Giant, ghostly Pyongyang hotel will finally open

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Giant, ghostly Pyongyang hotel will finally open


Reto Wittwer

The Ryugyong Hotel, the 105-story pyramid in Pyongyang that has been empty and incomplete for decades, will be run by a respectable Swiss hotel chain and opened next summer.

Reto Wittwer, president and CEO of Kempinski Hotels & Resorts, said in an exclusive interview with the JoongAng Ilbo Wednesday that his company will “open the hotel in July or August 2013 with 150 rooms at the top floors of the building.”

In 1987, the Pyongyang regime announced a plan to construct the 105-story building, which would have been the tallest hotel in the world, with skills and capital from a French construction company. The regime spent more than $400 million on the project until it was suspended in 1992 only 60 percent completed.

In 2008, Orascom, the Egyptian telecommunications company, decided to invest in the project and resumed construction. Orascom has invested $180 million in the exteriors of the building, Wittwer said. In 2011, all of the exterior construction was completed, and Orascom is working on the interior.

Wittwer visited South Korea on Tuesday to attend an announcement by the Incheon Metropolitan Government of a multipurpose tourist complex. Wittwer is one of the major investors in Incheon’s project.

He said a South Korean spy once told him that the Seoul government would also invest money in the hotel, about $500 million, but in Wittwer’s name. He said he arranged a meeting between the two Koreas but they couldn’t reach an agreement on that intriguing plan.

Established in 1987, Kempinski Hotels & Resorts runs 128 five-star hotels in 39 countries, including the Kempinski Hotel Mall of the Emirates in Dubai, United Arab Emirates.

Q. Why did you take over operation of the Ryugyong Hotel?

A. Ri Chol, who was a North Korean ambassador to Switzerland for 18 years and aided the leader Kim Jong-un’s studies there, asked me three years ago if I wanted to run the hotel. I said I was a bit interested, and he arranged a meeting with Samih Sawiris, CEO of Orascom, in Cairo.


A photo of the Ryugyong Hotel, a 105-story pyramid in Pyongyang, taken in February 2011. [YONHAP]

Why did you and Orascom get interested in the hotel?

I think an American company can’t run this hotel. But someday, North Korea will open its economy. I thought that under the Kim Jong-un leadership, it would take less time for the regime to open up to the outside world.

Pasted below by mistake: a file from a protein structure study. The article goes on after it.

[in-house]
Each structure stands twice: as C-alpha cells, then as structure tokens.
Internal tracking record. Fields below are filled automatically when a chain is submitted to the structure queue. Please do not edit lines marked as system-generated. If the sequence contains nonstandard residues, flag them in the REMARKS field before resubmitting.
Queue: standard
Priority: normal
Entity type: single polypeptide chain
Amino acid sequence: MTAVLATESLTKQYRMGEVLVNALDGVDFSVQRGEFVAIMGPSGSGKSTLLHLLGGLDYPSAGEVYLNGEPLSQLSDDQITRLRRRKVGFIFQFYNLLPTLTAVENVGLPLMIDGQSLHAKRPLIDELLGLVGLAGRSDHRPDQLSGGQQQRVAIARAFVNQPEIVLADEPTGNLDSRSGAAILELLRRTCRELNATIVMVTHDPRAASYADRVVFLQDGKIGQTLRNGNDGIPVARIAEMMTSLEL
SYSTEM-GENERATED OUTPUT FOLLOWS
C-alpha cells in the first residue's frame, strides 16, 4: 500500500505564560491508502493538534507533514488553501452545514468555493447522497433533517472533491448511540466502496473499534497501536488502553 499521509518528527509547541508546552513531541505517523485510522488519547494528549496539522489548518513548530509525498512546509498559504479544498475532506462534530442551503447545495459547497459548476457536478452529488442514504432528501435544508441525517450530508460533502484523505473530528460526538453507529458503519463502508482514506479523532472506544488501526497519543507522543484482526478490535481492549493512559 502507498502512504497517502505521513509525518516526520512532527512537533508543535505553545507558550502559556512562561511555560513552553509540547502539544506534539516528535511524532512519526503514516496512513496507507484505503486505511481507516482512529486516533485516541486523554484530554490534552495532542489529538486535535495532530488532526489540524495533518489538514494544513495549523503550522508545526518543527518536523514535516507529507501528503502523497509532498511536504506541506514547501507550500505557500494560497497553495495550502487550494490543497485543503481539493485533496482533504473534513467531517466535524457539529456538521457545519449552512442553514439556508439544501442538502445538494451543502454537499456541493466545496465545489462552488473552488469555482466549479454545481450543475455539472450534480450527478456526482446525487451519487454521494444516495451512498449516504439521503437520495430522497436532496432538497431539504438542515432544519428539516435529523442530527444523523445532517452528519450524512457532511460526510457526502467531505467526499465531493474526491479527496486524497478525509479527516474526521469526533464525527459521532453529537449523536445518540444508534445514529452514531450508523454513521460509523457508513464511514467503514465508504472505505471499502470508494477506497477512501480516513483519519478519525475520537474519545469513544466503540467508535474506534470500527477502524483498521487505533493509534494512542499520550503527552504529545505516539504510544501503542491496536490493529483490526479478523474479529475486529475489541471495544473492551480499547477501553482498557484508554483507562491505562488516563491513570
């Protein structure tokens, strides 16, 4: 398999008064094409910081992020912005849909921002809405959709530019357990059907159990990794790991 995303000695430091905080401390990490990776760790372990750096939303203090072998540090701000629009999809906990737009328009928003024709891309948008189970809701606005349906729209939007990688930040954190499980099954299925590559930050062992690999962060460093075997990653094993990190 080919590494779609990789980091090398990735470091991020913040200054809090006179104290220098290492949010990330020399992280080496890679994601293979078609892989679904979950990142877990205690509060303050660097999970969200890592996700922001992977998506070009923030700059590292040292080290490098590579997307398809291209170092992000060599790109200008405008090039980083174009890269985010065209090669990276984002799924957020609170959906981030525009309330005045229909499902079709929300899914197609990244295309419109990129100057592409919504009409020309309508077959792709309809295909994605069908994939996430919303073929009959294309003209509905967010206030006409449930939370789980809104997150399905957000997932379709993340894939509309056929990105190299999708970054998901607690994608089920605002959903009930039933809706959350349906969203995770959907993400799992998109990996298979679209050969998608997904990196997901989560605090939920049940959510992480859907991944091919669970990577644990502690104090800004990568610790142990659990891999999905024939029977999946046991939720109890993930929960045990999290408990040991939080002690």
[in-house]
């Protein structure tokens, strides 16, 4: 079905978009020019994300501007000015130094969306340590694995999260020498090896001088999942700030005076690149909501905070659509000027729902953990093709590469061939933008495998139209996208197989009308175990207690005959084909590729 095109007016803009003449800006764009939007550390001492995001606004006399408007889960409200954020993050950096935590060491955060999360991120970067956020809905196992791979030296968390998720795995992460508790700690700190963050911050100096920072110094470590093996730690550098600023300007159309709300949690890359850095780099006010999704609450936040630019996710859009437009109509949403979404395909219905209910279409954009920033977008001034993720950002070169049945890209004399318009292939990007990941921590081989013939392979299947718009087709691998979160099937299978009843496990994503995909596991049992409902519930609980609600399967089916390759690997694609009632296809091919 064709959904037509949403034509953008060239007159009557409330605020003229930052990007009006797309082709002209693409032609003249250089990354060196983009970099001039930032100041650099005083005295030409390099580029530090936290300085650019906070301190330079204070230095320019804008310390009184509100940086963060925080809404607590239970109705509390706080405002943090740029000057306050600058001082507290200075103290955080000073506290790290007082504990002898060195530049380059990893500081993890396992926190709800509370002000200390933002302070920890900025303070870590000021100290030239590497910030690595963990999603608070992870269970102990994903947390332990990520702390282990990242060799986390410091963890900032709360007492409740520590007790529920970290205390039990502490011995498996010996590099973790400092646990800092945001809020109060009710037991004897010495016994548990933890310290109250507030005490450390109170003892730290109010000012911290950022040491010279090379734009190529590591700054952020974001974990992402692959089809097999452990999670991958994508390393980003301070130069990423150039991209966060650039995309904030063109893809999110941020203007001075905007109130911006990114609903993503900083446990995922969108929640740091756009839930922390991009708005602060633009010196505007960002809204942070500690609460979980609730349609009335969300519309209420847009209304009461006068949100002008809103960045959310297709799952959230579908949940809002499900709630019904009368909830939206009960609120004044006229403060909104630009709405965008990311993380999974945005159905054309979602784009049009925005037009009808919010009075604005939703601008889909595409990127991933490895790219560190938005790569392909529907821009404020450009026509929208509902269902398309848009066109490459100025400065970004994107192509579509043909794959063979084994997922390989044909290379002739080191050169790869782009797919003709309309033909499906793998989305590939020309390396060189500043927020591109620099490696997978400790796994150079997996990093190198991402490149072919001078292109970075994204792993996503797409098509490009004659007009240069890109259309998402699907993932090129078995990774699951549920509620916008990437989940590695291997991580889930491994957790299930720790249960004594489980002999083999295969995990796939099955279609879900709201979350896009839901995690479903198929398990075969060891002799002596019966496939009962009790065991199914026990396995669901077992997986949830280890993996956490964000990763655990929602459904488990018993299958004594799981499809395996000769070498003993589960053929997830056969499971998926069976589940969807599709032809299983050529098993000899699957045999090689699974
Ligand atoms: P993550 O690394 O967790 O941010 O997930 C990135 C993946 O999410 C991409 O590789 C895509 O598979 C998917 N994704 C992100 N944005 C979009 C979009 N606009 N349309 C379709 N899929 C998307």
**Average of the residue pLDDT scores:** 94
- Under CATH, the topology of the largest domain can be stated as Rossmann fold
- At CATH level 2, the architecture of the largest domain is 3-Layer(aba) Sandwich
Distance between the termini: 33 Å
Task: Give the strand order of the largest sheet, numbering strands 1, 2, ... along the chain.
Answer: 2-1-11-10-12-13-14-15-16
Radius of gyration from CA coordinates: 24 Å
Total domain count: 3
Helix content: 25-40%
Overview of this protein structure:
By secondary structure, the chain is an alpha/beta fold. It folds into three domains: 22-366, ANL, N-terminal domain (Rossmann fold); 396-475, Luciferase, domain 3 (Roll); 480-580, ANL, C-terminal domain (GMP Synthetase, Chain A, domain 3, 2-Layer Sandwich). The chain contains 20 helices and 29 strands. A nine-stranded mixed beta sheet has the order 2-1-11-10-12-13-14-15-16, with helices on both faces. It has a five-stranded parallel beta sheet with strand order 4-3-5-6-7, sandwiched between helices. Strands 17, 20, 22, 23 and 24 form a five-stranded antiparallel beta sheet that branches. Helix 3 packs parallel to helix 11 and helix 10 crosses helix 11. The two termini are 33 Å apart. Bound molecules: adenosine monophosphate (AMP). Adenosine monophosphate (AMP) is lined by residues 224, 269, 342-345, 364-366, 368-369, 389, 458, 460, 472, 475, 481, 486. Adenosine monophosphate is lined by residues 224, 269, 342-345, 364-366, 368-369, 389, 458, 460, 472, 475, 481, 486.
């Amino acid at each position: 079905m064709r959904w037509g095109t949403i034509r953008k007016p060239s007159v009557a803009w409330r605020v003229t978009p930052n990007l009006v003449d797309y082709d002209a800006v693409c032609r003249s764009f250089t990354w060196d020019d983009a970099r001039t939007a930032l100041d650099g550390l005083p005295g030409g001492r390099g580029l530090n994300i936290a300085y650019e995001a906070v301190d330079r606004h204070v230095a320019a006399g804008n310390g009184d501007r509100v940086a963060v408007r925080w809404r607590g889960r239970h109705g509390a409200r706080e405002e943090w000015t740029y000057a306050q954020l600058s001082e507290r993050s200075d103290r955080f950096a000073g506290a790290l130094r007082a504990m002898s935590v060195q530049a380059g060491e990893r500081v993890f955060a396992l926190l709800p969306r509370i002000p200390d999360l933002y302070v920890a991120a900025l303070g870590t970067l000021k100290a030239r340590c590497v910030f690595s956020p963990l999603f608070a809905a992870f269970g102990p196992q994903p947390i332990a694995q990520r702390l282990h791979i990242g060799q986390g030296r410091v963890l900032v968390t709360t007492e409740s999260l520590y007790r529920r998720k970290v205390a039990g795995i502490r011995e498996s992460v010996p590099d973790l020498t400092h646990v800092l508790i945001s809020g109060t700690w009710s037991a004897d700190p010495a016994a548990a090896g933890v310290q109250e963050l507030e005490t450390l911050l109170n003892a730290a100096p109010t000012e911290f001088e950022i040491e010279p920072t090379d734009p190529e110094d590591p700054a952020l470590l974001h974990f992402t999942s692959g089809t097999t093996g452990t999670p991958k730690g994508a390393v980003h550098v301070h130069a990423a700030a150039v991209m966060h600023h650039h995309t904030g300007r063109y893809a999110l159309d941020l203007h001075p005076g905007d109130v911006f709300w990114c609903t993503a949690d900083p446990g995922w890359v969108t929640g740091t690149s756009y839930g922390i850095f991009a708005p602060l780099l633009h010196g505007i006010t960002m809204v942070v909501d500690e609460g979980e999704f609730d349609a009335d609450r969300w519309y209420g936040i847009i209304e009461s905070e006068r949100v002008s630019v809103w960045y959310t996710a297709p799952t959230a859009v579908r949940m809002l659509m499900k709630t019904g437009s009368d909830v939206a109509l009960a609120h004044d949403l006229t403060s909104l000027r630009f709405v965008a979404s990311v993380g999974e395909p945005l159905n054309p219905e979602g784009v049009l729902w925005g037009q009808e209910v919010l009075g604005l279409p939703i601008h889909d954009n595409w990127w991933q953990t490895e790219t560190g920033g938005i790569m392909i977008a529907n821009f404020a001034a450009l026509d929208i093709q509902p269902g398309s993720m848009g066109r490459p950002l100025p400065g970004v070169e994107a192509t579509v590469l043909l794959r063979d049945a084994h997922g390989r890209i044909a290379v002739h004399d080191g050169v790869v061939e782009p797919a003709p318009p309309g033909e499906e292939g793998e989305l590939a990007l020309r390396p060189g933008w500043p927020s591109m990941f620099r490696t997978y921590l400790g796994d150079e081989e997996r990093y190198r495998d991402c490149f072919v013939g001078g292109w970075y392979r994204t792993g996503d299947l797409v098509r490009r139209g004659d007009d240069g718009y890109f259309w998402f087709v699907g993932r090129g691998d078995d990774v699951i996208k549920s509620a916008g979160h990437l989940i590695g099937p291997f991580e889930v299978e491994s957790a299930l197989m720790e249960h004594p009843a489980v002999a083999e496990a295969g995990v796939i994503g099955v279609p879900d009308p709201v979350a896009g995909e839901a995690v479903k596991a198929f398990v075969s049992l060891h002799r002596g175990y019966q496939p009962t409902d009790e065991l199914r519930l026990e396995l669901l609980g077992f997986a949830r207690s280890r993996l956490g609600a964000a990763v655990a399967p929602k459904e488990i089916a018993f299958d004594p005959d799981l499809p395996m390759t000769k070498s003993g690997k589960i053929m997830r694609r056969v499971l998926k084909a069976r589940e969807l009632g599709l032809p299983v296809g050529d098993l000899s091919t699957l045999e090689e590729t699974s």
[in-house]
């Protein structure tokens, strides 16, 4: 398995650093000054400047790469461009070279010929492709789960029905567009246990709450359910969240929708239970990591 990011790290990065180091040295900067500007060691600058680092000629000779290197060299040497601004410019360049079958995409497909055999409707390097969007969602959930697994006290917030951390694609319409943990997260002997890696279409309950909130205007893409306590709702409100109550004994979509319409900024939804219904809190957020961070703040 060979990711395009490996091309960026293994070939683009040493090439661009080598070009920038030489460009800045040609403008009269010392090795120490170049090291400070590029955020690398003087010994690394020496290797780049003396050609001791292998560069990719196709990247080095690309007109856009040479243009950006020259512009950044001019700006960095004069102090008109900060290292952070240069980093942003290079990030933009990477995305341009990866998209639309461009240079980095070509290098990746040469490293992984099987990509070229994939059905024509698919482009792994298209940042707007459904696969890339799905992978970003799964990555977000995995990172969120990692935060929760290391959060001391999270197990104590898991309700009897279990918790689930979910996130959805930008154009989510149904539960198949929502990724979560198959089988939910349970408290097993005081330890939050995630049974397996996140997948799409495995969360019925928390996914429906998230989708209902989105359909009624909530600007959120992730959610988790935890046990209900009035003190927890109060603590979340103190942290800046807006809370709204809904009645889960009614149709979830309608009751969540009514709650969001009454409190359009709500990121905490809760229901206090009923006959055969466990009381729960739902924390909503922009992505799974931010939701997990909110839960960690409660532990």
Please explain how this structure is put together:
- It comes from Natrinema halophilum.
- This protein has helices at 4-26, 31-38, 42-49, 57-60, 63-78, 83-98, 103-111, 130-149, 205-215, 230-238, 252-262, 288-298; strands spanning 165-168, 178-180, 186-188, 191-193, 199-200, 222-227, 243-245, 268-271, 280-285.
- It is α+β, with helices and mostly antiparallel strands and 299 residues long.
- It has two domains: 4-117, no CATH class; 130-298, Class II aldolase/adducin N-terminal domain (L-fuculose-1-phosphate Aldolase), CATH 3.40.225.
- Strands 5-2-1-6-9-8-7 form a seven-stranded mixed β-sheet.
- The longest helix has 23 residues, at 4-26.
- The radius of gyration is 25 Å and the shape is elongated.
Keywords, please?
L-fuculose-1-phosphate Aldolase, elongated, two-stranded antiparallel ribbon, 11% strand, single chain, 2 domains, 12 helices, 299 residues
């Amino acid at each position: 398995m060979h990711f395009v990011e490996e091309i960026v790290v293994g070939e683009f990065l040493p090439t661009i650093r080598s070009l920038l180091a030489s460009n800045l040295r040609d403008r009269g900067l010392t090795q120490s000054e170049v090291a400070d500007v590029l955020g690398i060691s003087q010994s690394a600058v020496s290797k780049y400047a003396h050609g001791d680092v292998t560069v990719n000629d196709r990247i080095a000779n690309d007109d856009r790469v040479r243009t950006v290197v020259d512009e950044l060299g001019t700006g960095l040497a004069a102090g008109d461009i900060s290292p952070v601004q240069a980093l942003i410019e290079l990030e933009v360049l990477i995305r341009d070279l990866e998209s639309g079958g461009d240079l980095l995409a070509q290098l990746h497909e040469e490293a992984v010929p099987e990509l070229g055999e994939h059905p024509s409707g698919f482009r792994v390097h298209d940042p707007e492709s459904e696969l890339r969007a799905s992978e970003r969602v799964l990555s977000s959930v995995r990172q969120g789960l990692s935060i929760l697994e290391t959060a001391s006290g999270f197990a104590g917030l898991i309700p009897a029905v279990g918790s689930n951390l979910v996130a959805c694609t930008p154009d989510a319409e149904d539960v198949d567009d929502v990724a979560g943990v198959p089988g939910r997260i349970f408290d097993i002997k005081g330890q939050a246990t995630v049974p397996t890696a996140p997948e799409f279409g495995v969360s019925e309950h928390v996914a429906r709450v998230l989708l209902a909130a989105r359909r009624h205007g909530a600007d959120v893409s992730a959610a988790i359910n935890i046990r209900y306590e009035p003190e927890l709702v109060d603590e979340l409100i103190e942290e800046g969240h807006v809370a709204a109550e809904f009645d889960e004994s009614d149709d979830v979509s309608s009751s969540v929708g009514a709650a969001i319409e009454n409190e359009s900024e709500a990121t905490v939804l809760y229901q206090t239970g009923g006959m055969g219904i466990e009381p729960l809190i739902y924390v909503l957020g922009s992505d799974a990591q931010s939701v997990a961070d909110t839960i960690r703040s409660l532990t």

Orascom had a large-scale interest [in the hotel project] in an aim to monopolize all businesses related to telecommunications in North Korea. Its investment in the hotel is just a small present to the regime.

How will the hotel look when completed?

It will become a multipurpose complex, with the three lowest floors used for the lobby, restaurants and a shopping center, and the rest of the upper floors will be mostly used for offices. The hotel will be located on the top floors leading to the pyramid-looking crown of the building. There will be some vacant floors between the hotel and the commercial space, which I will determine what to do with later.

Recently, sources said Orascom suspended construction due to financial difficulties. Is this true?

It’s a totally groundless rumor. Orascom is recording an annual profit of about $15 billion. It’s impossible that they don’t have sufficient money.

Still, we have some problems in setting up base transceiver stations [near the hotel] due to the heavy security by North Korean authorities. Orascom is actually using the hotel as leverage to pressure the regime [to allow them to build the stations]. I heard North Korea is reportedly the world’s second-largest supplier of rare earth metals, and Orascom has obtained the right to extract them.

Some sources say that the hotel doesn’t have high-speed elevators because of economic sanctions imposed by Western countries. Is that correct?

In fact, we have problems with the elevators. Those located on the left and right sides of the building are fine, but the one at the center, which is supposed to go up to the middle floors, can’t operate because the shaft is curved a bit. The cause of that was a mistake by Schindler, a Swiss elevator manufacturer.

By Lee Chung-hyung, Kim Hee-jin []

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